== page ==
- Yes. Basically, here's what you need (I'm keeping this general on purpose): The panels themselves -- how large an area depends on average power consumption and how much power you can get on average. That, in turn , depends on climate. You'd need more in Seattle than Tuscon, for example. I'd guess something in the neighborhod of 0 square feet. Depends also on haow many gadgets (printers, etc.) you have. You'll need a power storage system. Lithium gives you the best poser density (of off-the-shelf stuff) but an ordinary car battery works well and is reliable. And, of course, a control system to manage the power generation/storage/use so everything works together without that annoying smell that tells you you just cooked a few hundred bucks worth of equuipment! :)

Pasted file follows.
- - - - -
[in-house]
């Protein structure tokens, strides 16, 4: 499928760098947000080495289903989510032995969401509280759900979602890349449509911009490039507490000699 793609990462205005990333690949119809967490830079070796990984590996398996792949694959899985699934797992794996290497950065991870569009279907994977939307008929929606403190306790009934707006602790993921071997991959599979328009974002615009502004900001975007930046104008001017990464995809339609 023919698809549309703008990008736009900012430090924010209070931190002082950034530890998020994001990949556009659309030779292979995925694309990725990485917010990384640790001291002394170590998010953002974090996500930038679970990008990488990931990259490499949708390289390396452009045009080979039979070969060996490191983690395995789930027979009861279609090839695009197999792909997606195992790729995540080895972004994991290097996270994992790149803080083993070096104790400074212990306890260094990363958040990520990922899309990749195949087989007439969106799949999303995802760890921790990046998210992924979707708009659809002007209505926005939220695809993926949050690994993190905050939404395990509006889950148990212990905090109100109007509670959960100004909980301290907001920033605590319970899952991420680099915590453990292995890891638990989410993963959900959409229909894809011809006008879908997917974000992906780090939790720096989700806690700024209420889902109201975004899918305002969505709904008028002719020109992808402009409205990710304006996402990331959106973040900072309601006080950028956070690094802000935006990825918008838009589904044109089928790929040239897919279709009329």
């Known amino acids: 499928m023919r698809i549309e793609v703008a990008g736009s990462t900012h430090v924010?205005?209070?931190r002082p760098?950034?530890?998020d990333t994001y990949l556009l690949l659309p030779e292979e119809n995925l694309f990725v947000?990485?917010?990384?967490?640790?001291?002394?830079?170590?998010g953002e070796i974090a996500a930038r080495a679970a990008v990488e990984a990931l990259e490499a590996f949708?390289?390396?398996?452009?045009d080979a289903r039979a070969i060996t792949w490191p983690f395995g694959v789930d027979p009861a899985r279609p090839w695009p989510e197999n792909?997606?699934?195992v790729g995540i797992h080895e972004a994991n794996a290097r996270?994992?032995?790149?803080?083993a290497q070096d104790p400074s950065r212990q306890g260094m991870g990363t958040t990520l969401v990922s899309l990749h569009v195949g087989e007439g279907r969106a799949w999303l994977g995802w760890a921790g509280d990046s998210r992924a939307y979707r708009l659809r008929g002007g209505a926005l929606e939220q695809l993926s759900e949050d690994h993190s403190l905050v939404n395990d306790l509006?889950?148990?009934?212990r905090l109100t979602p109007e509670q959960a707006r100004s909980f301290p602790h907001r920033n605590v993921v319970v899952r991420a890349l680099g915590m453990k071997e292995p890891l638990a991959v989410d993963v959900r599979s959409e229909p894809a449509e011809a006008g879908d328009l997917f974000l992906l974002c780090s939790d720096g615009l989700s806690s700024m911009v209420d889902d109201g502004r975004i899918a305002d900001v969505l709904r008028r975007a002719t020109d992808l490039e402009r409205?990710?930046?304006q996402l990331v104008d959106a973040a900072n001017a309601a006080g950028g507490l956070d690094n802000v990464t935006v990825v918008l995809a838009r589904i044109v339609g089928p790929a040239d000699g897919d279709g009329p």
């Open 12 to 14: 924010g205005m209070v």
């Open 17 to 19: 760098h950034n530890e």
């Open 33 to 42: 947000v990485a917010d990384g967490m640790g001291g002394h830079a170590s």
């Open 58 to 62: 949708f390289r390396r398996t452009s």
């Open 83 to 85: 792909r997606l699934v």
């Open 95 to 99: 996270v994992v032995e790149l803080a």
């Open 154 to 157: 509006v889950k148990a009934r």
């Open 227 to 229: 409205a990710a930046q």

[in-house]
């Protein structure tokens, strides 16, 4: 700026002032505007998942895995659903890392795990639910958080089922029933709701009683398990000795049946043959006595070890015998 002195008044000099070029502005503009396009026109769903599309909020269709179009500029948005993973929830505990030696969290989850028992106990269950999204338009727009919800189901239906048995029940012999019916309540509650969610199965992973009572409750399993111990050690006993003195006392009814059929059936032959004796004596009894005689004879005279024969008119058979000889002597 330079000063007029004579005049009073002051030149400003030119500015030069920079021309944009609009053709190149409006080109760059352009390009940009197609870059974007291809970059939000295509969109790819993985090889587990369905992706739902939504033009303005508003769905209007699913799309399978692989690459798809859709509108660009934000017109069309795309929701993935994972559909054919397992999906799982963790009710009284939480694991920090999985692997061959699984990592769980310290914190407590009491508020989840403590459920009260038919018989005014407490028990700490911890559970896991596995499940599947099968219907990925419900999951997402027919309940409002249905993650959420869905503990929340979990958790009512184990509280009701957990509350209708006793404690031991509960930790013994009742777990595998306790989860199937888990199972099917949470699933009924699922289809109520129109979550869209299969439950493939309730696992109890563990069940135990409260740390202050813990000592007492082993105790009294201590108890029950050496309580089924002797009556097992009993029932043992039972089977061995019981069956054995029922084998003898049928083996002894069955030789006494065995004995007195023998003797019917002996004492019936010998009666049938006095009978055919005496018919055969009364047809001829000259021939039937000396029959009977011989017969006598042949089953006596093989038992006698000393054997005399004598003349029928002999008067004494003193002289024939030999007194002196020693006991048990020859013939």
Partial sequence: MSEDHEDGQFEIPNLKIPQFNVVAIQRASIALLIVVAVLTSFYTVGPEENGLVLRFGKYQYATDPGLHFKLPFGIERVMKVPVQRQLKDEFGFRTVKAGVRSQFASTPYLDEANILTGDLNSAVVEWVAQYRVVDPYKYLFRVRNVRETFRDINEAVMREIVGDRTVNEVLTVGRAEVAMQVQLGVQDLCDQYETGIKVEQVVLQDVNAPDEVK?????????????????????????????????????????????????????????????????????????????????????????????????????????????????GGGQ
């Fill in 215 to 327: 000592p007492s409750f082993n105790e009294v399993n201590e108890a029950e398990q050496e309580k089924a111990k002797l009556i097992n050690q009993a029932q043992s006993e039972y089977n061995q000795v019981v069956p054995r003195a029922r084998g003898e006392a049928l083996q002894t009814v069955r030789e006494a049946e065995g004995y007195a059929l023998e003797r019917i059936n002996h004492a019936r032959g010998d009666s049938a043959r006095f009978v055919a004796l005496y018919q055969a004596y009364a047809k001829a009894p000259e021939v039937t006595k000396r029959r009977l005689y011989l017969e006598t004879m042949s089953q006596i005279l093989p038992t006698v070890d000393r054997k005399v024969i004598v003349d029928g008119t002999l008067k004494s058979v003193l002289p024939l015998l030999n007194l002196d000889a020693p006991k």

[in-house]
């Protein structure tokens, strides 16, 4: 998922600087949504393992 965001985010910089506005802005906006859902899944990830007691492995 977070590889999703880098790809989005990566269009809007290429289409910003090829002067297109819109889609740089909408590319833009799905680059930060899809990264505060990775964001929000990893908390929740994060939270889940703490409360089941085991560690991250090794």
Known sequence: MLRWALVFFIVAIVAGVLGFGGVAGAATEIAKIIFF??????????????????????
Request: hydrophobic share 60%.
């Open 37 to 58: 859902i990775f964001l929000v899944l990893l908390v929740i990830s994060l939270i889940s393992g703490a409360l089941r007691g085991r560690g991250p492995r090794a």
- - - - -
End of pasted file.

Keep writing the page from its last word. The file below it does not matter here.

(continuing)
- Q:Can I get free solar panels?
- Do not touch free solar panels with a barge pole. The installer keeps the feed-in tariff and owns the panels on your roof, a problem when you come to sell the house. Your only benefit is the free use of the electricity generated, if you happen to be in, or use time clocks, on dish washer, washing machine etc. My system has a target of 6 kWh per day. At 43.3p per unit this is a theoretical payment of £6.92 a day. All you could gain, assuming you use every available kWh generated, would be £.92, assuming a tariff of 2 p per kWh. The feed-in tariff goes down for new installations next April. In my opinion its a good buy, and should show an 8% return on our investment. I would not like to give the main benefit to someone else.
- Q:Who created the first solar panel?
- No solar panel creates energy. The earliest solar panel of any form was probably the parabolic mirror as used, for example, to light the Olympic torch. That goes back to ancient times.